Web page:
Pubdate: Sat, 20 May 2017
Source: London Free Press (CN ON)
Copyright: 2017 The London Free Press
Author: Barbara Simpson
Page: A8


Lambton County trains managers as local governments brace for expected

SARNIA - With Canada ready to legalize marijuana by next July, Ontario
municipalities are ablaze with activity prepping for the impacts of
that move - including in the workplace.

Lambton County recently held a training session for its 75 managers
about marijuana and workplace safety. Among the chief municipal
concerns are the potential for workers to believe it's legal for them
to smoke marijuana on municipal property, as well as the potential for
impaired driving if a high worker operates a municipal vehicle.

"All municipalities will have to deal with (marijuana) use at work
like we deal with alcohol and tobacco use," said Lambton's chief
administrator, Ron Van Horne, whose municipality employs as many as
1,300 workers.

But the use of marijuana has more complexity to it than alcohol use,
human resource experts suggest, because medical marijuana - already
legal in Canada - is an increasingly popular treatment for those
suffering chronic pain and other ailments.

In 2015, a City of Calgary heavy equipment operator, removed from his
post after management became aware of his medical marijuana use,
successfully won his case before an arbitration board. It found the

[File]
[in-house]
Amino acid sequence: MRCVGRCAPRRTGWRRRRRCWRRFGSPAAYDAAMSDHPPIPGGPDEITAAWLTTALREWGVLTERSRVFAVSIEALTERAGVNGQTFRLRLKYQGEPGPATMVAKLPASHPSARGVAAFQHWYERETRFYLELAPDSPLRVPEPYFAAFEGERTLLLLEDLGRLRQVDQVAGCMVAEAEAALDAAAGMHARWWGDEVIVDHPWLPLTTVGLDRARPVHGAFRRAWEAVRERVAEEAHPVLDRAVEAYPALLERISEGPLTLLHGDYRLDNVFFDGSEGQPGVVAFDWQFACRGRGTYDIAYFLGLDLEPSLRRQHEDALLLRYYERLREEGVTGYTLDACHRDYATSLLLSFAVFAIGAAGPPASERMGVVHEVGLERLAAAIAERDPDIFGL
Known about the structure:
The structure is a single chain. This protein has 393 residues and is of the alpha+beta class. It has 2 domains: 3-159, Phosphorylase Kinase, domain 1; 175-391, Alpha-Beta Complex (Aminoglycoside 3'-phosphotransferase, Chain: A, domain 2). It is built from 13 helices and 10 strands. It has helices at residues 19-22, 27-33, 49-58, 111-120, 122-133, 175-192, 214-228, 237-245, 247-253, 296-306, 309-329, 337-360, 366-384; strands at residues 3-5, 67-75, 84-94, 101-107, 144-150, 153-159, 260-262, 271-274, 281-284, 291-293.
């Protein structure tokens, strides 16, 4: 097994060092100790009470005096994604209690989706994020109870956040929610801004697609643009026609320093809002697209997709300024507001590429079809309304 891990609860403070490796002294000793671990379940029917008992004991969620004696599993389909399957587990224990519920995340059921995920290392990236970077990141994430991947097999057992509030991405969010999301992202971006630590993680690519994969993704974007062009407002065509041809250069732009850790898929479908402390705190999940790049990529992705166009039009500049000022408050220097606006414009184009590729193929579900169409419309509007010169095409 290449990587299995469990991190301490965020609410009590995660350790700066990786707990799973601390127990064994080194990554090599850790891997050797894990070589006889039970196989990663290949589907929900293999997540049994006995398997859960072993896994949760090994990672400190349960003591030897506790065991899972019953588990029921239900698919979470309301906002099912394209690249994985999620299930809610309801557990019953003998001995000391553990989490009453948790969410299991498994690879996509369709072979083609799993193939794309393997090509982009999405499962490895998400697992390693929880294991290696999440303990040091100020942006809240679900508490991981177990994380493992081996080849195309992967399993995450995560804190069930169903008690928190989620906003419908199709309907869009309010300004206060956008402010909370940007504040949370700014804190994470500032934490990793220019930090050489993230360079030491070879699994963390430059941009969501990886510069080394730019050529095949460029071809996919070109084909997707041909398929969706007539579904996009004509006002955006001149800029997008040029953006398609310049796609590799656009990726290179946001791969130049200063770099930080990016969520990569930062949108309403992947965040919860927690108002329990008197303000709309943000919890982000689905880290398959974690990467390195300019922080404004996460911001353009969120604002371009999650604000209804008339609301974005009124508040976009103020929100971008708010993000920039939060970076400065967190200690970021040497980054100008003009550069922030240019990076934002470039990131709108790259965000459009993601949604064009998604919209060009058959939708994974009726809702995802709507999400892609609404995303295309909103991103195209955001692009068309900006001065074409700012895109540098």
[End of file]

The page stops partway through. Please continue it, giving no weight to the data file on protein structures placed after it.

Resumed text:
worker had properly informed his supervisors of his medical marijuana
use and there was no evidence he demonstrated signs of addiction or
had used marijuana while at work.

Van Horne said the county will develop workplace policies on use of
marijuana, but he admitted it's a "very difficult issue" - something
being echoed right across the province.

While federal legislation will allow Canadians to sell, buy, possess
and grow marijuana - subject to parameters - each province is expected
to determine its own age of majority, as well as distribution and
retailing laws.

"I think most of (the municipalities) are trying to figure out where
things might land and anticipate," said Pat Vanini, executive director
of the Association of Municipalities Ontario (AMO).

Human resources officials with the Municipality of Chatham-Kent have
been busy educating themselves through webinars and meetings about the
impact of the proposed legislation.

"We've identified that we'll need to do some updates to our policies,"
said Marianne Fenton, Chatham-Kent's acting chief human resources officer.

The municipality has 2,200 employees, including seasonal workers,
volunteer firefighters, students and contract workers.

"I can assure you municipal governments are going to need some
financial help if they're going to be involved in the policing of
(marijuana), if they're going to be involved in the licensing of it,
if they're going to be involved from a public health perspective,"
Vanini said.

"These cannot become downloaded costs."
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